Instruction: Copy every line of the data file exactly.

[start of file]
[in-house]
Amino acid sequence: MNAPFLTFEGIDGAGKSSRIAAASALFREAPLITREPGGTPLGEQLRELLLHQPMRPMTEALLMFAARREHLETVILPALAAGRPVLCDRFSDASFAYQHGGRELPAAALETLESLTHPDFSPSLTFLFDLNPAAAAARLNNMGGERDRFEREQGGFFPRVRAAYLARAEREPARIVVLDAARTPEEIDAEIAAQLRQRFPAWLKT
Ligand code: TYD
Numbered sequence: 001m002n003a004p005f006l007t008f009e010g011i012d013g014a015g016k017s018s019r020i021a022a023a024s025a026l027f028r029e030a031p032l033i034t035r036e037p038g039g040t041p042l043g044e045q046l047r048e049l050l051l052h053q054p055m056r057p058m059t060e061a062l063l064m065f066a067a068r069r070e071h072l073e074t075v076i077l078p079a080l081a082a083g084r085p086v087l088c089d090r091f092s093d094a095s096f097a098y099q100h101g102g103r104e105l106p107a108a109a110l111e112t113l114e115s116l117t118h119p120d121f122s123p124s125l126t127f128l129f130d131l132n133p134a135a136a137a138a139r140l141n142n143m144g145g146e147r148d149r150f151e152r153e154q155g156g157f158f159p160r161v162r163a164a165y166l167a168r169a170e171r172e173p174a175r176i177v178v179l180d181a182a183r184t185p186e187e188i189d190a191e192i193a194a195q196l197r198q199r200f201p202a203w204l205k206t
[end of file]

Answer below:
[in-house]
Amino acid sequence: MNAPFLTFEGIDGAGKSSRIAAASALFREAPLITREPGGTPLGEQLRELLLHQPMRPMTEALLMFAARREHLETVILPALAAGRPVLCDRFSDASFAYQHGGRELPAAALETLESLTHPDFSPSLTFLFDLNPAAAAARLNNMGGERDRFEREQGGFFPRVRAAYLARAEREPARIVVLDAARTPEEIDAEIAAQLRQRFPAWLKT
Ligand code: TYD
Numbered sequence: 001m002n003a004p005f006l007t008f009e010g011i012d013g014a015g016k017s018s019r020i021a022a023a024s025a026l027f028r029e030a031p032l033i034t035r036e037p038g039g040t041p042l043g044e045q046l047r048e049l050l051l052h053q054p055m056r057p058m059t060e061a062l063l064m065f066a067a068r069r070e071h072l073e074t075v076i077l078p079a080l081a082a083g084r085p086v087l088c089d090r091f092s093d094a095s096f097a098y099q100h101g102g103r104e105l106p107a108a109a110l111e112t113l114e115s116l117t118h119p120d121f122s123p124s125l126t127f128l129f130d131l132n133p134a135a136a137a138a139r140l141n142n143m144g145g146e147r148d149r150f151e152r153e154q155g156g157f158f159p160r161v162r163a164a165y166l167a168r169a170e171r172e173p174a175r176i177v178v179l180d181a182a183r184t185p186e187e188i189d190a191e192i193a194a195q196l197r198q199r200f201p202a203w204l205k206t